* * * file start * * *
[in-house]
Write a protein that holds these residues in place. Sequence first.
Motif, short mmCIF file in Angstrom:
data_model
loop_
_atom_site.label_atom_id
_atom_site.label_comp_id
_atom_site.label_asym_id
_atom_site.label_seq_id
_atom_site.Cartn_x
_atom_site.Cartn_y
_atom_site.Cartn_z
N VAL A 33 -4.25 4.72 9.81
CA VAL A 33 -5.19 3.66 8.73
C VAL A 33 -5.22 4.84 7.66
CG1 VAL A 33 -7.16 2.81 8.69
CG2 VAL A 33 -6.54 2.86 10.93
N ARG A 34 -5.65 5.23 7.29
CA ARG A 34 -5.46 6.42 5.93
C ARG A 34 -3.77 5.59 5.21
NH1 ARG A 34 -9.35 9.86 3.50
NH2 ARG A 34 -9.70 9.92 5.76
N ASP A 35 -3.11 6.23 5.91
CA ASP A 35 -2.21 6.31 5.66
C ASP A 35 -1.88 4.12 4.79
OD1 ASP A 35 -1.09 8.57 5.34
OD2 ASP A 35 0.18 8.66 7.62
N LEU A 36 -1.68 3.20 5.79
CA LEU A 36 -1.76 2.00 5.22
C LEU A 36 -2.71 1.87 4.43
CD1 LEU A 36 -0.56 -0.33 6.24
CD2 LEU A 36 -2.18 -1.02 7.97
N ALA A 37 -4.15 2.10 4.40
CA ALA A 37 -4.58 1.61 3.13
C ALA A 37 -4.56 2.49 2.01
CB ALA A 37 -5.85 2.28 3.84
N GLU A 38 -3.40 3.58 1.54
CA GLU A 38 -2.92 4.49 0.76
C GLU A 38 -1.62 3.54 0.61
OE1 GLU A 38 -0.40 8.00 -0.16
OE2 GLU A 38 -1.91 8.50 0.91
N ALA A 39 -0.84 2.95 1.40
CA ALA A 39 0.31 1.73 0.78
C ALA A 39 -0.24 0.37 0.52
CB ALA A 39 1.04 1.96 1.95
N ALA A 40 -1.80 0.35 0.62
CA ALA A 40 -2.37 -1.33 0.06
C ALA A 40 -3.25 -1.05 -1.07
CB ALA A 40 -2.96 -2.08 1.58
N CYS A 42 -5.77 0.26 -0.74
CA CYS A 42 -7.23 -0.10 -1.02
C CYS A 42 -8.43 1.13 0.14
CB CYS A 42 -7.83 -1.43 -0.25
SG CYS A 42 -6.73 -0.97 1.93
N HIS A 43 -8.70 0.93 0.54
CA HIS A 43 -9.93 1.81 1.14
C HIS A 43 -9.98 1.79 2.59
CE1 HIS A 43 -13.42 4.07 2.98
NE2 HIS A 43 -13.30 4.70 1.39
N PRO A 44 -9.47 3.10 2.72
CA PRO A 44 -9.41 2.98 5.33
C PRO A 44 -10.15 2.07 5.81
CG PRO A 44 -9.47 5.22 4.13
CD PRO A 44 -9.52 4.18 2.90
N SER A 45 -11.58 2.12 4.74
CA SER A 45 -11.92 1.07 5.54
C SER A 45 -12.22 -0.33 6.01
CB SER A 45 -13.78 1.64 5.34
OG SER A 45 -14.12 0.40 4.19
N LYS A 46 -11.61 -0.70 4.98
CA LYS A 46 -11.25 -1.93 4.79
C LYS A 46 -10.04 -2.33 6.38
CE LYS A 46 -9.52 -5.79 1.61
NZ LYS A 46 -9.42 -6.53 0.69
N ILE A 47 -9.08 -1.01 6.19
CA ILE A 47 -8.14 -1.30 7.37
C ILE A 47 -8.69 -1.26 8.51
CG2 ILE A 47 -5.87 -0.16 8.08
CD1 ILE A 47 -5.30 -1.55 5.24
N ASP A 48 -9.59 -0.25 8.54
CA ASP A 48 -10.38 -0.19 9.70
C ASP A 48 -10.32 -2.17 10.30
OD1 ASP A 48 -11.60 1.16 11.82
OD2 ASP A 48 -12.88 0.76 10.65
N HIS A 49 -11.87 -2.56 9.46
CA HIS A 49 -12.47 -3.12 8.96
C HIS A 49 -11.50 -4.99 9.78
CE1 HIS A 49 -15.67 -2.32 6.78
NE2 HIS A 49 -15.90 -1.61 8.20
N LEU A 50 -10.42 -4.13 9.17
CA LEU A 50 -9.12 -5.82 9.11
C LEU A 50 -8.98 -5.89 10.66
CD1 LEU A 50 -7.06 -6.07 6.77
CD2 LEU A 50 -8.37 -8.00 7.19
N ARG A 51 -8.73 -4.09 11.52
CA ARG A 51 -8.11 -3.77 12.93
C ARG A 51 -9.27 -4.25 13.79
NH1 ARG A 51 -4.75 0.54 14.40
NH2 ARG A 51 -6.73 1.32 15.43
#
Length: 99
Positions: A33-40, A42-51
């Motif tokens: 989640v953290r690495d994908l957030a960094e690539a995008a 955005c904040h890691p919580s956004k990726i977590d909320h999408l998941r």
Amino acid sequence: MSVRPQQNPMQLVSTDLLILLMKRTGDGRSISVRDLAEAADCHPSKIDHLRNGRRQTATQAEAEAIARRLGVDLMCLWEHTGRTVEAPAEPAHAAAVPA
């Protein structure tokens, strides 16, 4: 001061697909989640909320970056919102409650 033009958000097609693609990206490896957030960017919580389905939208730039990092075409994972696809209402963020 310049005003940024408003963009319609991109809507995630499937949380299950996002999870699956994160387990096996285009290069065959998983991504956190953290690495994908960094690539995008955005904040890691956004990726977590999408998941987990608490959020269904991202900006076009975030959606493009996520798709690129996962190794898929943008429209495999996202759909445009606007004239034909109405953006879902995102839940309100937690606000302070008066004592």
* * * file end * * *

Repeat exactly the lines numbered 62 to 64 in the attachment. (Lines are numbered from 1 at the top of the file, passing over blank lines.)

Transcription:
C PRO A 44 -10.15 2.07 5.81
CG PRO A 44 -9.47 5.22 4.13
CD PRO A 44 -9.52 4.18 2.90